Wednesday, April 19, 2000
Proud Pooches Strut Their Stuff in Parade
The annual Pooch Parade, held last
Saturday, is organized by the Animal
Protection Society of Orange County
as a fund-raiser for animal health.
By Theresa Chen
Injured and homeless animals can have more
hope now that the Animal Protection Society has
raised money through its annual Pooch Parade.
Despite the fact that it was raining cats and dogs,
area dog owners braved the inclement weather
Saturday afternoon and converged on the
University’s McCorkle Place for the walk.
Dog walkers asked friends, family and co-work
ers to sponsor them to w alk their dogs.
“We raised about $100,” Mebane resident Krista
Schmidt said of herself and her sister, Emily. “It’s
a very important (cause).”
Michelle Onoff, the parade’s organizer and a
member of the APS Board of Directors, said the
event was crucial to the Orange County Animal
“It’s our second biggest fund-raiser of the year,
so it’s very important to the APS that we raise
money," she said.
The money pays for programs at the shelter,
such as adoption, wildlife rehabilitation, and animal
Funds also support general shelter operations.
“Last year we took in .5,700 dogs and cats," said
APS Director Pat Sanford.
“We have large food and medical bills.”
The parade began in front of Graham Memorial
and sloshed through McCorkle Place and Polk
Residents Voice Concerns Over Proposed School Budget
Parents and officials in
Chapel Hill-Carrboro City
Schools took issue with a
few proposed budget cuts,
By Kathryn McLamb
Although speakers expressed serious
concern over proposed cuts in next
year’s recommended budget, the
, SPORTS SHORTS
■HN Today at Carolina..,
Bljf ||||l . Wednesday. April 19
K AVi UNC Baseball vs. UNC Charlotte
j: 7:00 pm at Boshamer Stadium
Hardees Students & faculty Admitted FREE w /ID!
r = —-v—> s —>.
Inn! [J (o
V y it*. ,—J JL V JL...
ucraitmLnimNstAGNSs hmh tm wusity tkektui
m mn am imh ti im urn * u.
Mil 961-395519 R TAKE OUT
Place, drawing smiles and stares from passers-by.
Traffic stopped on Cameron Avenue as drivers
patiendy w'aited for the marching mutts to cross.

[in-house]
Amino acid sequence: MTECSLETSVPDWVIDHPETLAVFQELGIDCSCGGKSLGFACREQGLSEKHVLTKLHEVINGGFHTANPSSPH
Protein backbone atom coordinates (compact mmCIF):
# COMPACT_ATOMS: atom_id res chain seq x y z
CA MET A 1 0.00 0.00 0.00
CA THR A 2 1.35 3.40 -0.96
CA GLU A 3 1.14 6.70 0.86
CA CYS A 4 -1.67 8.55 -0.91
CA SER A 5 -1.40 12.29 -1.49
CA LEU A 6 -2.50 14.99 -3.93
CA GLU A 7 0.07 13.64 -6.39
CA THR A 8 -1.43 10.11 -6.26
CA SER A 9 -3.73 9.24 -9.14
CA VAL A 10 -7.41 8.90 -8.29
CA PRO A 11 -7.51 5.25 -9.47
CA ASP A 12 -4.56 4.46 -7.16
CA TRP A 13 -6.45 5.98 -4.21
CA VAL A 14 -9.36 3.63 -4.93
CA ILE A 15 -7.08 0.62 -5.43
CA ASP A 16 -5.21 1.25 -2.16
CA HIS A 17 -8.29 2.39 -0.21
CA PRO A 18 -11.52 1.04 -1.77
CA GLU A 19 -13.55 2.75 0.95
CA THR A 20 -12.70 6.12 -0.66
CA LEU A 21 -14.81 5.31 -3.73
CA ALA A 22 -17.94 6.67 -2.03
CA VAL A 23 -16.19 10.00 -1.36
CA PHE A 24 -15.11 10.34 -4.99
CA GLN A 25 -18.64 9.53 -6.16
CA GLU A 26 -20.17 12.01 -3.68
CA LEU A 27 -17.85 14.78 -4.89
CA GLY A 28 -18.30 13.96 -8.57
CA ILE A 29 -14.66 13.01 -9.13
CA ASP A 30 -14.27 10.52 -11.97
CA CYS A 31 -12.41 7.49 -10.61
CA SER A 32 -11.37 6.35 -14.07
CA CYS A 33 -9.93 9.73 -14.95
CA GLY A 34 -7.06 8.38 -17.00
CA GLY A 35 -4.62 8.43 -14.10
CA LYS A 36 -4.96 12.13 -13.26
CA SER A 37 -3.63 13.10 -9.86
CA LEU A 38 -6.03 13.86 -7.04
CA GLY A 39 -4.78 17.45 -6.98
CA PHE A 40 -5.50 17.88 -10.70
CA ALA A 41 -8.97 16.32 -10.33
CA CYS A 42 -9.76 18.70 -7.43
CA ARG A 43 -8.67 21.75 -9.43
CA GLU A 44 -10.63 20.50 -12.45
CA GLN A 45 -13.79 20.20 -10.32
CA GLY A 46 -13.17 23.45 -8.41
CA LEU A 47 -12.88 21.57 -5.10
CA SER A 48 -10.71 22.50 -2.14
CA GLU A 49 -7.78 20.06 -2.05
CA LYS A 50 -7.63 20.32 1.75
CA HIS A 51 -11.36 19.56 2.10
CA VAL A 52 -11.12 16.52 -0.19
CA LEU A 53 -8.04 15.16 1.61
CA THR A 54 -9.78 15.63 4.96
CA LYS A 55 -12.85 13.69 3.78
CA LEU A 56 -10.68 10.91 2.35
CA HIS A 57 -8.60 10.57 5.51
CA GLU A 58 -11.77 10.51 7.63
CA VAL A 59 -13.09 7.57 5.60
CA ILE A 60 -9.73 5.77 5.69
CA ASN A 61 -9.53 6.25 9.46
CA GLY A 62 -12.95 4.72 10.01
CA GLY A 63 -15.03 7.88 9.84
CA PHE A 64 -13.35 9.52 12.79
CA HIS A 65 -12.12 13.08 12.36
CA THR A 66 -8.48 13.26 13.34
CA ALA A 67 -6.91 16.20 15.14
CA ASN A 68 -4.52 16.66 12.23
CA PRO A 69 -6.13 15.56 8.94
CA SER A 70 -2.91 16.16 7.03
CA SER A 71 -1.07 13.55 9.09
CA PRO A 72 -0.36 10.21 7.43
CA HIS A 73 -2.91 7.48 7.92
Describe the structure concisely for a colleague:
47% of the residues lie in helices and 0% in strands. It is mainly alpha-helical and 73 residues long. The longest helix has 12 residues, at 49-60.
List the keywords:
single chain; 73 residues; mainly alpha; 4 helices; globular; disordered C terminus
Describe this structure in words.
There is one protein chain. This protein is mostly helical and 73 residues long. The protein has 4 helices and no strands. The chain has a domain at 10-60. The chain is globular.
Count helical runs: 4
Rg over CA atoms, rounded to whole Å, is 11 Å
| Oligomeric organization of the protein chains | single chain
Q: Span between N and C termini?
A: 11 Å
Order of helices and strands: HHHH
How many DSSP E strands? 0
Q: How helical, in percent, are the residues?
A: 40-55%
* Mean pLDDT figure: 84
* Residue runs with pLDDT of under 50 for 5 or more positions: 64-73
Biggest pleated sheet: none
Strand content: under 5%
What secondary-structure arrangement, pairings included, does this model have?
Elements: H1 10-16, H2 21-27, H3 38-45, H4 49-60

After the walk, the dogs competed against each
other in various contests.
Dancer, a retriever mix owned by Maria
Schroeder of Cedar Grove, used his slobbery
smooch to win the prize for Best Kisser.
Durham resident Judith Young’s bandanna
sporting Australian shepherd, Jackson, took Best
Best Trick was awarded to Maui, a lab mix
belonging to Patricia Edkins of Chapel Hill.
Judges postponed awarding the Grand Prize,
two Midway Airline tickets for the person who
raised the most money, until the end of the week.
Those who raised money but did not attend the
parade have the option of taking their money
direcdy to the shelter.
APS Associate Director Dean Edwards said they
would wait for all the money to come in before
counting it, but said he believed that more than
SI,OOO was raised at the Saturday march alone.
Even though the numbers at the event were
down from previous years, Onoff said there was
still a good turnout despite the weather.
“Usually there are about 50 to 75 (dogs here),
when the weather’s nice,” she said.
“There are probably 25 to 30 here today.”
The storm might have rained on this Pooch
Parade, but it could not dampen the spirits of those
Sarah Ann Cline, 3, of Chapel Hill, summed up
the drizzly Saturday afternoon with one simple
The City Editor can be reached
Chapel Hill-Carrboro Board of
Education received support and encour
agement at Tuesday’s public hearing.
The school board took the opportu
nity to hear statements supporting and
opposing proposed budget expenditures
for the 2000-01 year. Public comments
focused primarily on cuts in the recom
The cuts were suggested by board
members to attempt to cut the budget
increase by $1 million from the pro
posed $36 million before sending it to
University & City
~' nM **oo r ,-jl "■' ‘
A participant in the Annual Pooch Parade, which raises funds for the Orange County
Animal Shelter, gets a little bit of canine love Saturday.
the Orange County Board of
“We have been aware that all the
items that have come forth from the
schools are worthy,” said school board
member Teresa Williams. “But we are
aware that the commissioners probably
would not support
us in funding all of
centered around a
proposal to form
an alternative form
for teaching assis
tants whose work
days will be
extended by 20
“We have been aware
that all the items that have
come forth from the schools are
Board of Education Member
minutes in the next school year.
The recommended budget suggests
compensating the extra time with a
duty-free 20 minute break in the work
day, rather than offer wage compensa
“I was quite alarmed and amazed that
jij Catering Breakfast, Lunches and Dinners :|i
:j: since 1988 :ji
7 Days Delivery to UNC
:i; 4201 University Drive • Durham, NC 27707 j:j
■j: 489-5776 • www.saladelia.com :j:
TWO STATES. ONE RATE. , >
No roaming or long distance charges S
in the Carolinas ...ever! J
MONTHLY ACCESS $19.95 $29.95 $39.95 $69.95 $109.95 $159.95 ‘ FREE
PACKAGE MINUTES 45 200 300 800 1200 2000 | HI l/*\ |k I P** |
ROAMING CHARGES | * * I
IN NC/SC NONE NONE NONE NONE NONE NONE I \H m n
LONGDISTANCE j |
CHARGES IN THE U.S. NONE NONE NONE NONE NONE NONE I |
wmmmm&mßS \ 35%0FF I
IT’S ALL IN OUR NAME i ACCESSORIES*’
Formerly 360 Communications |**Actual phone may vary. Good with ■
-new activation only. Must present J
New line of service and credit approval
4215 University Dr. (Parkway Plaza) North Pointe Shoppinq Center required lor new customers. Carolina
.u o la n , r. „ , . . Freedom rate plans available to new and
Behind South Square Mall at Guess Rd. 4 1-85 existing customers. Package minutes